to Kev. .lames UaiUy. who m. Mary, sister of .\nn (CarrH'utnam, 
died before 1722, Ch. David, who piobubly il. previous to 
1722; Elizabeth, Jonathan, Nathan. Expeiionco (^Tutnam) Bai- 
ley received a legacy from her uncle, Joshua Bay ley, in 1722. 

47 AuiUAU., bapt. Salem Village, oO Oct.. U!i>2 ; aged ;>, 23 April, 1702, 

guarilianslup to John rntnam, 8d. 

48 Susanna, b. I(!it4; bapt. Salem Village, 20 Nov., UU>8. 

4Sa (Perhaps there was another daughter; " U!;»4. Aug. 22, Sarah, 

daughter of Thomas Butnam dieil, ("> mos.; "old ivcord.' ") 
4;) Skth, b. May, l(!i»5; bapt. in Salem Village. 

"With the exception of Deliverance, all of the above named children, wore 
alive in 1715. (See Ann Putnam's will.) 

Skhot. Tho.^ias Putnam had received a hberal education 
fur his times, but with others whom we should call more en- 












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lil2;li((MHMl, li(^ look ;i mosl, pi-omiiiciil, pari, in tliii wilclKM-al'l, 
(li^liisioii ollltllj, l)Miri; in Cu!!,, siusond to nono but l*arris in 
Mid (Vii'y willi wliicli Ini sihuuvA (o lorrct, onl. tJus victims of his 
yoiinii,' (laM^lit(M's insane (l(^sii-(> Cor notoiict \'. His wilo also 
took ii |)roniin(Mit part in tliosci proctuMliniis. Slu* was \]\() 
sisl(u- of Mary CJarr, wile; of Mr. Jaiiu^s li.iyK'y, wlioso min- 
istry at tlui villago was tlio (!ans(» ol" so much disscmsion luid 
which indircM-tly achh^l to Iho hitt(Maii)ss ol" the wit(^hci"al"t 

By nal nrc, Mi"s. I'ninam was a wom m ol" a hii;!ii\- sensitive 
lcni|)(!ranicnt, a|)j)arcntly (Easily wrought upon and d(M;civ(Ml. 
'rh(! (lirrs seem all t,o hav(i been ratiua" wciak in that r<'sp(U!t, 
aIthon<;h of s^'ood social posiiion. 

Scr<r(\ant Pntnam, on llic; contrary, was of a d(!cisiv(^ and 
ol)slinal(i nature ; lu; had L;reat inllnen('e in Ihe viliai^'e and did 
not hesita,l(5 to ns(5 it; he had Ixien in the Narra;j;-ansett li<!:iit, 
l)elon<^(M| to the (company of troopers and was parish chirk. 
Many of the records ol' tlie witchcralt pi'oiu^odinujs are in his 
hand, lie wrote a line;, (dear and Ixtaulil'nl hand. 

It was in th(i hous(\s of ScM'i^t. Thomas and ol" Rev. Mr. 
I'arris that tiu! "Ix^vitcluMl" (children lirst mot to a(!(!ompIish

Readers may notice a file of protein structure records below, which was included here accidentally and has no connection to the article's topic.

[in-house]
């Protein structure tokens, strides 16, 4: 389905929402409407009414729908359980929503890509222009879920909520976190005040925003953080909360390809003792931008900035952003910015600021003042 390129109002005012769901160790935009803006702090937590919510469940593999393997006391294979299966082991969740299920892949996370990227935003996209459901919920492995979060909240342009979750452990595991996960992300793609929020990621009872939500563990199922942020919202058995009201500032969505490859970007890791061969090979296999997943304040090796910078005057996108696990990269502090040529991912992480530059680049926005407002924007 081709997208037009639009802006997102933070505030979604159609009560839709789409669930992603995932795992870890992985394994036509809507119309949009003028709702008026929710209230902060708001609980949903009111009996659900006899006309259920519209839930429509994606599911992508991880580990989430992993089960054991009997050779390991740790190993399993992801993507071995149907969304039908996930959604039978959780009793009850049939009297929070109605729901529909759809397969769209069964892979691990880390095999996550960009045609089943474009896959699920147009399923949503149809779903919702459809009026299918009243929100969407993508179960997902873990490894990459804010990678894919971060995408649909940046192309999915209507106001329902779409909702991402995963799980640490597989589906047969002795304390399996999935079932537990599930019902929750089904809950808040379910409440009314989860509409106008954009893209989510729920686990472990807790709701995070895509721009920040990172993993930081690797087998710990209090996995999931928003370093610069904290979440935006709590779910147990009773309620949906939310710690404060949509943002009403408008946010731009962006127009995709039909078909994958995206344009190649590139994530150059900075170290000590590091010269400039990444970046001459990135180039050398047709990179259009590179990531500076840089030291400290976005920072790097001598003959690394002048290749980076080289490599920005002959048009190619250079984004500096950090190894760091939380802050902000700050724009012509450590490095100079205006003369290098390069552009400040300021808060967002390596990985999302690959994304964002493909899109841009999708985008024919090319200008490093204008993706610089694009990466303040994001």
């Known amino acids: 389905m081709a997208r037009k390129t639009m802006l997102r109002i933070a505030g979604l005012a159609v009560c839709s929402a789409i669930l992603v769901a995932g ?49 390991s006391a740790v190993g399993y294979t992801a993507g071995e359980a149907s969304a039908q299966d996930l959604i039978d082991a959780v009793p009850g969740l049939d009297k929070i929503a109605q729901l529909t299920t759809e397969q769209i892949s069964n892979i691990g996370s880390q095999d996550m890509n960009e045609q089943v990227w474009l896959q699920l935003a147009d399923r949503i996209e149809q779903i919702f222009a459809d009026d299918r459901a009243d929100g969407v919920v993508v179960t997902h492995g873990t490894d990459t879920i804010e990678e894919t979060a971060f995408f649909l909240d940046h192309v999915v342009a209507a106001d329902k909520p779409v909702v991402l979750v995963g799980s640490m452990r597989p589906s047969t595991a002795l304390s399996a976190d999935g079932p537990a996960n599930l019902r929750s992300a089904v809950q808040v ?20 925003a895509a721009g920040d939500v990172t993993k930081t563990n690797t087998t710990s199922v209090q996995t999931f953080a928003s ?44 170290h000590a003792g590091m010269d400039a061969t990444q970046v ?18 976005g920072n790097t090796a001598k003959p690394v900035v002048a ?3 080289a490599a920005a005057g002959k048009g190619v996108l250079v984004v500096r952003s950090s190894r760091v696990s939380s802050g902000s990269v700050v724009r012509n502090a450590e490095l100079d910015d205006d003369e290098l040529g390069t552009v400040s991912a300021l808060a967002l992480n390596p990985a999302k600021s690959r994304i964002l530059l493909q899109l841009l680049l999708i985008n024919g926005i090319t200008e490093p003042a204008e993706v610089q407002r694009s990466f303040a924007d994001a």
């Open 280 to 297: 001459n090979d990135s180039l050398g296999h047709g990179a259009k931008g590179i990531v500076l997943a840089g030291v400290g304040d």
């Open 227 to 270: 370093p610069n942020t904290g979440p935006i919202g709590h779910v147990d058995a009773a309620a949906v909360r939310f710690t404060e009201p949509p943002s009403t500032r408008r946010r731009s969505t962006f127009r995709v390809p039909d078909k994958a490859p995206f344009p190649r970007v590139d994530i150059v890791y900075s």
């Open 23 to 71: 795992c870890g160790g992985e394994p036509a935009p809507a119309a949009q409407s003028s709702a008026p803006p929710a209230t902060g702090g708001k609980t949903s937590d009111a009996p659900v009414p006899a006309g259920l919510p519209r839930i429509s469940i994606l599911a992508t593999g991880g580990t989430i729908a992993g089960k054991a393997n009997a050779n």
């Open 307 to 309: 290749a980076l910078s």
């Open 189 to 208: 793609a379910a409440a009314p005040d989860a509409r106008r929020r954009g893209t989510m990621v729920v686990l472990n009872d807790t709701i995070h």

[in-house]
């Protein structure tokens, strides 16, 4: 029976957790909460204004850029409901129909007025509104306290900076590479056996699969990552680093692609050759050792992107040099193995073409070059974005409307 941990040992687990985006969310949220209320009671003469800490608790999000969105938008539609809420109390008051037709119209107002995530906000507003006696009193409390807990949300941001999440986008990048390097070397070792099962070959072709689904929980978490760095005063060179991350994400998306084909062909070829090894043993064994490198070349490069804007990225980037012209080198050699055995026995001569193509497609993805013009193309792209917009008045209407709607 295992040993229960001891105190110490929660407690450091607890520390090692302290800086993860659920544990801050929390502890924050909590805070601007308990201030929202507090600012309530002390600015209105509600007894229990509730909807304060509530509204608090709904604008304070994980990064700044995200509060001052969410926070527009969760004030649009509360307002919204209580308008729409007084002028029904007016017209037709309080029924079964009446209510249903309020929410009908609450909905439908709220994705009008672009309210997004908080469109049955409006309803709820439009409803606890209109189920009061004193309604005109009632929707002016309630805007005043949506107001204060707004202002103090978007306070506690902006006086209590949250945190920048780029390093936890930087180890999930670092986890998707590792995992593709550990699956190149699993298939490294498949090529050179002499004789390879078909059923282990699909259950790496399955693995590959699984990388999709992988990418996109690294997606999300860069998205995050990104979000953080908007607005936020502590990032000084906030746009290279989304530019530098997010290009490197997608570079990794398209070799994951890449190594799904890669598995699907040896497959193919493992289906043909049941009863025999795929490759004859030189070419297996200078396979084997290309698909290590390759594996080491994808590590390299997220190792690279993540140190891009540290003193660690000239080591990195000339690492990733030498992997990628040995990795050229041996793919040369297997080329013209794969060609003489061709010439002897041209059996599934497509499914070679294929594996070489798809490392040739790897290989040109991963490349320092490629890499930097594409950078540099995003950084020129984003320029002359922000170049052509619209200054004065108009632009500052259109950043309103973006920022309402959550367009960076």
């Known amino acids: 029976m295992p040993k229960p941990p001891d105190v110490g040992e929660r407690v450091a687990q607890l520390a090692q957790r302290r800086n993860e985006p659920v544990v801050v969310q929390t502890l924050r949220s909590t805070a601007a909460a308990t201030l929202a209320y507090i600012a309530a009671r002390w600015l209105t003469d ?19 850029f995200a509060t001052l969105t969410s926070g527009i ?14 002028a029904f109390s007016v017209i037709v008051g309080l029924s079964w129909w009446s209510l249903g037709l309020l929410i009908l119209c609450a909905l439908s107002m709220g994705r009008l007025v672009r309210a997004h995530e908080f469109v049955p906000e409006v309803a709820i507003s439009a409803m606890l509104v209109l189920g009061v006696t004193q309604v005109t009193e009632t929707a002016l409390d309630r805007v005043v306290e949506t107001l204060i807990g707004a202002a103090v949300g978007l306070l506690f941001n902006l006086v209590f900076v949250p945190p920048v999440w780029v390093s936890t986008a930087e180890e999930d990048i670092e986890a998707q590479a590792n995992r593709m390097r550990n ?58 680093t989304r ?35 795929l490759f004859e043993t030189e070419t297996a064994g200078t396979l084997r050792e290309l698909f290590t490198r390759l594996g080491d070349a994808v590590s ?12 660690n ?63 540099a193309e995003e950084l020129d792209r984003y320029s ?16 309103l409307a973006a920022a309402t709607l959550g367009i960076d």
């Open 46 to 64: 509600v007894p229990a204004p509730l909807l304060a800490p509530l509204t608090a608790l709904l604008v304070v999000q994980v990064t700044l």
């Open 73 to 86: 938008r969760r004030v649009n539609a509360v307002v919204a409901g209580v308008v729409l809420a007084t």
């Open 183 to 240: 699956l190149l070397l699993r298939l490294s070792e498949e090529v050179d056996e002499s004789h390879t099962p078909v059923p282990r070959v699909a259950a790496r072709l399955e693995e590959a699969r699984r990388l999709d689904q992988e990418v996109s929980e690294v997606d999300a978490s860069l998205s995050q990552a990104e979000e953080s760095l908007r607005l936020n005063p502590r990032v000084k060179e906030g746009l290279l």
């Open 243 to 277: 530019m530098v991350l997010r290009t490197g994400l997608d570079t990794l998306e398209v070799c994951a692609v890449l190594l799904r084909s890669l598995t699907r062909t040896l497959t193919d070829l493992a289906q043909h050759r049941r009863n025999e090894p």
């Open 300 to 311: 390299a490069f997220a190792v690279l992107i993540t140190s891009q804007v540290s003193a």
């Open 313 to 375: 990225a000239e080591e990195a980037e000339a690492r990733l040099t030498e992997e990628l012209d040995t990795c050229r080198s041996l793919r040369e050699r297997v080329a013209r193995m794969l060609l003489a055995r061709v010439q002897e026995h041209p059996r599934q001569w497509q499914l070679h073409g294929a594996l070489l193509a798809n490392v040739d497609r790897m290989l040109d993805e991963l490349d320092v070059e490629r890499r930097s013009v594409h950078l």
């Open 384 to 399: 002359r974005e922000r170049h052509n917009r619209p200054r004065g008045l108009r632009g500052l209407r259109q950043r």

their pranks. In the "circle" wvi'v, the dani^htcn* Ami, and a 
maid-servant ol Mrs. Ann INilnam, Mary Lcnvis by naiiM!. 

AfUiiwai'd, at the trials of tiu! ac(UiS(M| persons, Mrs. Put- 
nam was oltcai seiztMl with stiani^c! attacks of imai^inal ion, 
evidcmtly prodiUHid by tlu5 over-excili^ment and (^oiise(|U(!nt 
strain on her brain. At tll(^se times slu^ was a prominiMit wit- 
ness, but allc^r tiiis was all over and Pan is was atti^mptinuj 
to retain his hold on the parish and to dick(ir with llu^ iiihabi- 
lants ov(!r terms ol" settlement , she; seems t,o haves refuscul to 
him Uvv aid or encoiiraircnicnt . 

'I'hat SiM'^^cant Putnam and probal)ly his wile wvvc, lii'in Ix!- 
Ii(ivers in the whole matter tluM-e seems to be but little (h)ubt. 
lie showed a lamentable! laitk ol" ('omnion seiisi^, but so did 
many others. TIk^ strain was too much lor him and he died 
shortly allerlhe Irials; his wil'i; I'oIIowcmI him t-o IIh; <i,rav(5 a 
lew weeks later. 


III. 13 Deacon Edward ( Thomas, Jolm), hoi-n ;it SalcMii 
Vilhige ; h.'iptized in Stileni, 4 July, 1654 ; died at Salcni Vil- 
laoe, 10 March, 1747; niaiTicd 14 June, 1()81, Mary Hale. 
His will is dated 11 March, 1731, proved 11 April, 1748, "Ed- 
ward Putnam of Middleton, yeoman." Mentions his wile Mary, 
sons Kdward, Josej)h, I^'Jisha, K/i-a, Isaac, dan<2,hters Piaidenco 
and Abigail, granddaughters Klizabeth and Anna Flint. 

Children : ' 

50 Kdwakp, b. 20 April, ](;82; hapt. at Salem cliurcli, Oct., 1082. 

51 lloiA'uKK, b. 28 Sept., l(J8a; killed by the Indians at Dunstable, 

3 July, 170(). 

52 Ki.isiiA, b. 3 Nov., 1(!85; d. at Sutton, 10 Jan., 1745. 

53 Joseph, b. 1 Nov., 1(;87.